Of the four RAM modes of adaptation, the physiologic model was associated with the other modes. Patients with good QOL on the physiologic dimension were found to be more able to perform their social functions when they have good emotional status and social support.

Psychological symptoms have relevance because of their negative impact on HRQOL, adherence, morbidity and mortality. Improving self-care is critical for patients with HF (Zambroski et al. 2005). Lack of emotional support is a predictor of cardiovascular events. Patient without emotional support had a threefold increase in the risk of cardiovascular events in the year (Bosson 2005). Psychological status of the patients has a strong association with physiologic and role performance. Good emotional status helps physiological health and enables better performance of social functions.

In the current study social support was related to HRQOL, although a few studies have found that social support was unrelated to HRQOL. There was an association between ISEL-SF and physiologic status. Patients with higher levels of social support are likely to have fewer physiologic effects and are physically in a better condition. As families and friends play an important role in social support, their encouragement had positive effects on the patients. It is suggested that social support and demographic factors are of importance in adaptation to exercise after a cardiac event. Those who receive social support from their families and friends are more likely to join exercise programmes (Moore & Chorvat 2002). Levels of depression are expected to be higher those with chronic illness and less social support (Owen 2003).

Results reported in the literature indicate that social relationship with other patients and support from healthcare professionals assist patients in being able to adapt to chronic illness (Samarel et al. 2002). For married women with chronic illness, a spouse is the primary source of social support (Martensson et al. 1998). Strömberg et al. (1999) determined that the patients’ social relationships with their families or friends increased their compliance. Some studies suggest that social support has a direct effect on physical and psychological well-being. Rintala et al. (2005) found that social support had an important effect on life satisfaction. Several researchers have determined that those who had experienced myocardial infarction living socially isolated and alone without social support run a greater risk of developing another MI, or death risk months or even years after a cardiac event. Some researchers have indicated associations among social support, morbidity and HF (Moser & Worster 2000).


This is the first study of the RAM being used to study patients with HF. The RAM can be used in adaptation programmes to guide evaluation of the process of adaptation. The adaptation modes of the RAM may be useful to all health educators and are not limited in scope to nursing practice. The RAM is an effective guide for nursing practice when caring for clients with HF. The current researchers argue that there is strong evidence of increased exercise capability after exercise adaptation programmes. Such programmes need to be tailored to individuals.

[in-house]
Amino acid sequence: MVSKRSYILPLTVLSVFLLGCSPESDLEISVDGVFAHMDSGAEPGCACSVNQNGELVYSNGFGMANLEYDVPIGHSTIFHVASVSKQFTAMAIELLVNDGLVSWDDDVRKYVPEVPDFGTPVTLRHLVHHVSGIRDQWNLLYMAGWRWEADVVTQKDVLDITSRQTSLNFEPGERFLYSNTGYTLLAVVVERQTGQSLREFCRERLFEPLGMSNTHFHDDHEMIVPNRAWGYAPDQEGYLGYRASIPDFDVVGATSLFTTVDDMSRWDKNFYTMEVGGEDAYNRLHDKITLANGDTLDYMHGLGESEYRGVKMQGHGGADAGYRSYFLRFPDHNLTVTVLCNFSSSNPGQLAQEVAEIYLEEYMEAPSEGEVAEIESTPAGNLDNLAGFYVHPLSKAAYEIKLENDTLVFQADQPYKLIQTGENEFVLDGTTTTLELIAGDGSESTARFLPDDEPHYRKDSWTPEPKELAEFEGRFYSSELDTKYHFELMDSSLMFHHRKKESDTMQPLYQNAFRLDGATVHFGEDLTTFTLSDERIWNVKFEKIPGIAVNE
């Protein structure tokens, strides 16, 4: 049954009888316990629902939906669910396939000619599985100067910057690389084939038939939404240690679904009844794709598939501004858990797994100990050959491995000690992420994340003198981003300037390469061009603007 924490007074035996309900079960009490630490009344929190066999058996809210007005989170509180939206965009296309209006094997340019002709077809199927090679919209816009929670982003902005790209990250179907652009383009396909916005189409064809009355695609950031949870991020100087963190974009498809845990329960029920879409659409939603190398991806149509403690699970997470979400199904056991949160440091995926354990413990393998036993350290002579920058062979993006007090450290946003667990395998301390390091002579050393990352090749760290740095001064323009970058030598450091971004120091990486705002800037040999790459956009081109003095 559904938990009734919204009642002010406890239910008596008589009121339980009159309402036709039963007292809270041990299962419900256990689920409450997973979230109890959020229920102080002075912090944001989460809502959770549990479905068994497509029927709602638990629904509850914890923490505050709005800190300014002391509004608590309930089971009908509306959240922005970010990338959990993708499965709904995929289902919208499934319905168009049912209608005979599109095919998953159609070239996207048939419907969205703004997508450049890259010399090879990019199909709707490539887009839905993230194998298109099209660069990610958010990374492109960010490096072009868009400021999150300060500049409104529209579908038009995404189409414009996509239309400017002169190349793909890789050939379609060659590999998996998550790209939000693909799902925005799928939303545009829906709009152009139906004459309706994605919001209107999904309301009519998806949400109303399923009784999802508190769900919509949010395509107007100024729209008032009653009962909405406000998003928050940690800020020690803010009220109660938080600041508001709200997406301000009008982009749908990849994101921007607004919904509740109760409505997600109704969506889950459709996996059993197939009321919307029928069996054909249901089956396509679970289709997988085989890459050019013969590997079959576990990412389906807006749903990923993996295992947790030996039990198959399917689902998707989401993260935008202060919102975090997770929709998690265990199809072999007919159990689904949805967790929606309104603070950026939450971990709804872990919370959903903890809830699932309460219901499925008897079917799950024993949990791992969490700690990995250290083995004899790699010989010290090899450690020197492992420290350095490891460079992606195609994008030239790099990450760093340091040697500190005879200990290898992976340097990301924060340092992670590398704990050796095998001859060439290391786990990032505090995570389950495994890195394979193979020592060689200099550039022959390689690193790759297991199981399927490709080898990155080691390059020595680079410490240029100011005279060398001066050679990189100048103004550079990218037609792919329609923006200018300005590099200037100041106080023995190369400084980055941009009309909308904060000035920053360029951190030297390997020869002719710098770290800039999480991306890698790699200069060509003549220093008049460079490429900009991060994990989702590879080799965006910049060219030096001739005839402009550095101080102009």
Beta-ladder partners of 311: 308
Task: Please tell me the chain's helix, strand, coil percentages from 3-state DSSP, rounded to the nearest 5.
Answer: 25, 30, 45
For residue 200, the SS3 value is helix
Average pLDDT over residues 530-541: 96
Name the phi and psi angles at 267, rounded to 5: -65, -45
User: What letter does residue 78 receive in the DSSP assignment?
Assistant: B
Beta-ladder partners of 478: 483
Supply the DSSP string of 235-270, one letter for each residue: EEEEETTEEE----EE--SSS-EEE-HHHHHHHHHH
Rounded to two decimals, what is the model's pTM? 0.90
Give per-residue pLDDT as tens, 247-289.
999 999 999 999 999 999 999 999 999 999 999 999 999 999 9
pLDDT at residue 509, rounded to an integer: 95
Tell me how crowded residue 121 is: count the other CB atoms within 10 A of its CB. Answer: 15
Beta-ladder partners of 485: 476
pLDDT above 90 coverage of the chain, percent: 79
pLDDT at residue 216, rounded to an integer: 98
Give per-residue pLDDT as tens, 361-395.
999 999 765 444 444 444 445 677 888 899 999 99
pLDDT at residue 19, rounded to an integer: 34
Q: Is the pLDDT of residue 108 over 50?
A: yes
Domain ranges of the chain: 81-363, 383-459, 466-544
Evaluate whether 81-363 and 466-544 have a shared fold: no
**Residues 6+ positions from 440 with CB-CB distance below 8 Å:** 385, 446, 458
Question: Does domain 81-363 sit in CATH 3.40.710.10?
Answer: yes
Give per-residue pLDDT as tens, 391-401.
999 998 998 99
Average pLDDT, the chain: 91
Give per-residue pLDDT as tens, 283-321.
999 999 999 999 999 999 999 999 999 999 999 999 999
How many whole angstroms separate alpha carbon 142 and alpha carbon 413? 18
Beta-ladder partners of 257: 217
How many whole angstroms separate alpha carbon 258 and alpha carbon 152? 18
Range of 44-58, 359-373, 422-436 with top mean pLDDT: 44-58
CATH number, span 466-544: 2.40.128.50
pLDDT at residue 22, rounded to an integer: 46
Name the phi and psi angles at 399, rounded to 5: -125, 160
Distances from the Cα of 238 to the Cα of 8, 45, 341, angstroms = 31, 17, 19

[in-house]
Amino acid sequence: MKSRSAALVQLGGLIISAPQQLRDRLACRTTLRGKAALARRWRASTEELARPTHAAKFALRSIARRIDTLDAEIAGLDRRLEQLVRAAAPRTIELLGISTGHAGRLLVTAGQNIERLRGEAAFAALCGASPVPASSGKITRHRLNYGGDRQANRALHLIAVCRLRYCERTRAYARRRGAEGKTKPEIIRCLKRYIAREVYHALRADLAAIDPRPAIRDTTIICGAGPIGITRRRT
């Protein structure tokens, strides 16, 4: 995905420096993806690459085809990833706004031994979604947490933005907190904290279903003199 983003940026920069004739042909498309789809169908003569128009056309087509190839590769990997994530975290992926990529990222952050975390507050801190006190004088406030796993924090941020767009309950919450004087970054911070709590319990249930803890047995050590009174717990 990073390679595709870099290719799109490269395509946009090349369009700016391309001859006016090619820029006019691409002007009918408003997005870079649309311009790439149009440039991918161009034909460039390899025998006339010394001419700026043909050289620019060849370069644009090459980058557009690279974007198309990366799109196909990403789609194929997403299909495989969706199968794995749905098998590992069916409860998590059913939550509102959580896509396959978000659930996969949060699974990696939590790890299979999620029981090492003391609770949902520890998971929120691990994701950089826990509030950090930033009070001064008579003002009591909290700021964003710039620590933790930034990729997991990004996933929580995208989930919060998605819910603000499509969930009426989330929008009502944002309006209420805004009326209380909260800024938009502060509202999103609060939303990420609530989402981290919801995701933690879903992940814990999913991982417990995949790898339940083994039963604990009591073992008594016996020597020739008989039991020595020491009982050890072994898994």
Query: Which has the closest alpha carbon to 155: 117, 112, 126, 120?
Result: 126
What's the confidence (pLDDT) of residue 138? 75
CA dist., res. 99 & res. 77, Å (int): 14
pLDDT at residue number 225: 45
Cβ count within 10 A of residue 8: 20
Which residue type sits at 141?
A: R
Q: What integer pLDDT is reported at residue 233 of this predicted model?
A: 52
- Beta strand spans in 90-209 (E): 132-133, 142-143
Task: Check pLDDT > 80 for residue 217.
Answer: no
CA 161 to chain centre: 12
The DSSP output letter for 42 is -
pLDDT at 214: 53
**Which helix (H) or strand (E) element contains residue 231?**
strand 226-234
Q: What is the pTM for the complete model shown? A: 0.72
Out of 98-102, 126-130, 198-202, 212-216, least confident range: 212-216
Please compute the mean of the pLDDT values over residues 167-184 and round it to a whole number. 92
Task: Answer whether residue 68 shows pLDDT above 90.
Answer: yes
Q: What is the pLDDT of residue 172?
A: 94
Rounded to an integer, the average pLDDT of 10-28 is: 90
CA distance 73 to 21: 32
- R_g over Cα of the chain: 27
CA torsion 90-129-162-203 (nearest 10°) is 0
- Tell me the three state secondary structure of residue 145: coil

Future RAM-based experimental studies should include larger samples. Intervention research is needed to determine behaviour-change strategies that will assist patients in adopting more effective ways of coping with HF. Educational programmes should focus on providing patients with the incentives, knowledge and skills necessary to carry out these health-related behaviours. Additional research is warranted on the impact of family structure on patients’ health.

Future studies are needed in which a comprehensive measure of social support is used to determine the relationship between social support and HRQOL in patients with HF. The authors believe that adaptation should become an important concept in the care of patients who have experienced HF. It appears that the model used in the current study has the potential to be generalized to other areas of nursing practice, education and research. Intensive management in HF clinics can be effective in translating clinical guidelines into practice.


This study was carried out at Atatürk Education and Research Hospital, Izmir, Turkey. Patient education materials were printed by pfizer medicine firm. We thank all those who supported us in conducting the study.

Author contributions

GB and AA were responsible for the study conception and design and the drafting of the manuscript. GB performed the data collection and GB and AA performed the data analysis. GB provided administrative support. GB and AA made critical revisions to the paper. GB and AA provided statistical expertise. GB and AA supervised the study.